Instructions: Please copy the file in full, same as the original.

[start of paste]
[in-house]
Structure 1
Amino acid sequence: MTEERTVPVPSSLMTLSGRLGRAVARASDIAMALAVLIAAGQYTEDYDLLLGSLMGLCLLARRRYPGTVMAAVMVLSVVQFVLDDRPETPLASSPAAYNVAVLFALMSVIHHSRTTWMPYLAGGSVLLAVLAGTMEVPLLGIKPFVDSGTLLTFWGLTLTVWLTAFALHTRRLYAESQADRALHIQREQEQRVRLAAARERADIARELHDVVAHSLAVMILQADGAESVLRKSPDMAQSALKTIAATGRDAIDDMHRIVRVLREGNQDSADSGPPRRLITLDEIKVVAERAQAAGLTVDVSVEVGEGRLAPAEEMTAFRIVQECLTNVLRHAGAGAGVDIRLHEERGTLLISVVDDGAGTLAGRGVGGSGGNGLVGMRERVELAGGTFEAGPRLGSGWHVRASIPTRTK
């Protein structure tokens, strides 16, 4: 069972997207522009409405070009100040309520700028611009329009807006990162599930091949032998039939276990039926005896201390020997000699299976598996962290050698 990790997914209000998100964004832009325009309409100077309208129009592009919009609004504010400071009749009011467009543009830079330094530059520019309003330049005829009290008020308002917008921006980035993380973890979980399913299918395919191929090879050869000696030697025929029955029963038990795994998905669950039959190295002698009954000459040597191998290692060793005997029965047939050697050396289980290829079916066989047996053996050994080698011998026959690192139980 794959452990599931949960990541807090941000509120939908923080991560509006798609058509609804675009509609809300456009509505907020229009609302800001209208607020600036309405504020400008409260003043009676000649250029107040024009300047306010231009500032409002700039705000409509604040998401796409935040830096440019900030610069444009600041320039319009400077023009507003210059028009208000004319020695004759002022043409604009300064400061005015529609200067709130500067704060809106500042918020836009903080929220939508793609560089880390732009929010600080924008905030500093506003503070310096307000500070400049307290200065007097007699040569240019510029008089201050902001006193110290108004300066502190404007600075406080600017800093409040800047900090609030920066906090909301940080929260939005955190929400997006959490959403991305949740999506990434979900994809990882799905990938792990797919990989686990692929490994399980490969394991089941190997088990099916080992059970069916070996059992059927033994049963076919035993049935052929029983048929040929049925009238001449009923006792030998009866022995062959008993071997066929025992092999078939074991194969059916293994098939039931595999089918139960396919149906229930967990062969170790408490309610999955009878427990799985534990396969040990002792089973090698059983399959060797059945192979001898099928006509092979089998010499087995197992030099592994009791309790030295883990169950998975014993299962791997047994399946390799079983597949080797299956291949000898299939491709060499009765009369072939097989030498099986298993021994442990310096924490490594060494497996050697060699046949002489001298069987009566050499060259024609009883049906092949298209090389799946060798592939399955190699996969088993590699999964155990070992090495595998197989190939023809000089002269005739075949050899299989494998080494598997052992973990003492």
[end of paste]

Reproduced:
[in-house]
Structure 1
Amino acid sequence: MTEERTVPVPSSLMTLSGRLGRAVARASDIAMALAVLIAAGQYTEDYDLLLGSLMGLCLLARRRYPGTVMAAVMVLSVVQFVLDDRPETPLASSPAAYNVAVLFALMSVIHHSRTTWMPYLAGGSVLLAVLAGTMEVPLLGIKPFVDSGTLLTFWGLTLTVWLTAFALHTRRLYAESQADRALHIQREQEQRVRLAAARERADIARELHDVVAHSLAVMILQADGAESVLRKSPDMAQSALKTIAATGRDAIDDMHRIVRVLREGNQDSADSGPPRRLITLDEIKVVAERAQAAGLTVDVSVEVGEGRLAPAEEMTAFRIVQECLTNVLRHAGAGAGVDIRLHEERGTLLISVVDDGAGTLAGRGVGGSGGNGLVGMRERVELAGGTFEAGPRLGSGWHVRASIPTRTK
């Protein structure tokens, strides 16, 4: 069972997207522009409405070009100040309520700028611009329009807006990162599930091949032998039939276990039926005896201390020997000699299976598996962290050698 990790997914209000998100964004832009325009309409100077309208129009592009919009609004504010400071009749009011467009543009830079330094530059520019309003330049005829009290008020308002917008921006980035993380973890979980399913299918395919191929090879050869000696030697025929029955029963038990795994998905669950039959190295002698009954000459040597191998290692060793005997029965047939050697050396289980290829079916066989047996053996050994080698011998026959690192139980 794959452990599931949960990541807090941000509120939908923080991560509006798609058509609804675009509609809300456009509505907020229009609302800001209208607020600036309405504020400008409260003043009676000649250029107040024009300047306010231009500032409002700039705000409509604040998401796409935040830096440019900030610069444009600041320039319009400077023009507003210059028009208000004319020695004759002022043409604009300064400061005015529609200067709130500067704060809106500042918020836009903080929220939508793609560089880390732009929010600080924008905030500093506003503070310096307000500070400049307290200065007097007699040569240019510029008089201050902001006193110290108004300066502190404007600075406080600017800093409040800047900090609030920066906090909301940080929260939005955190929400997006959490959403991305949740999506990434979900994809990882799905990938792990797919990989686990692929490994399980490969394991089941190997088990099916080992059970069916070996059992059927033994049963076919035993049935052929029983048929040929049925009238001449009923006792030998009866022995062959008993071997066929025992092999078939074991194969059916293994098939039931595999089918139960396919149906229930967990062969170790408490309610999955009878427990799985534990396969040990002792089973090698059983399959060797059945192979001898099928006509092979089998010499087995197992030099592994009791309790030295883990169950998975014993299962791997047994399946390799079983597949080797299956291949000898299939491709060499009765009369072939097989030498099986298993021994442990310096924490490594060494497996050697060699046949002489001298069987009566050499060259024609009883049906092949298209090389799946060798592939399955190699996969088993590699999964155990070992090495595998197989190939023809000089002269005739075949050899299989494998080494598997052992973990003492």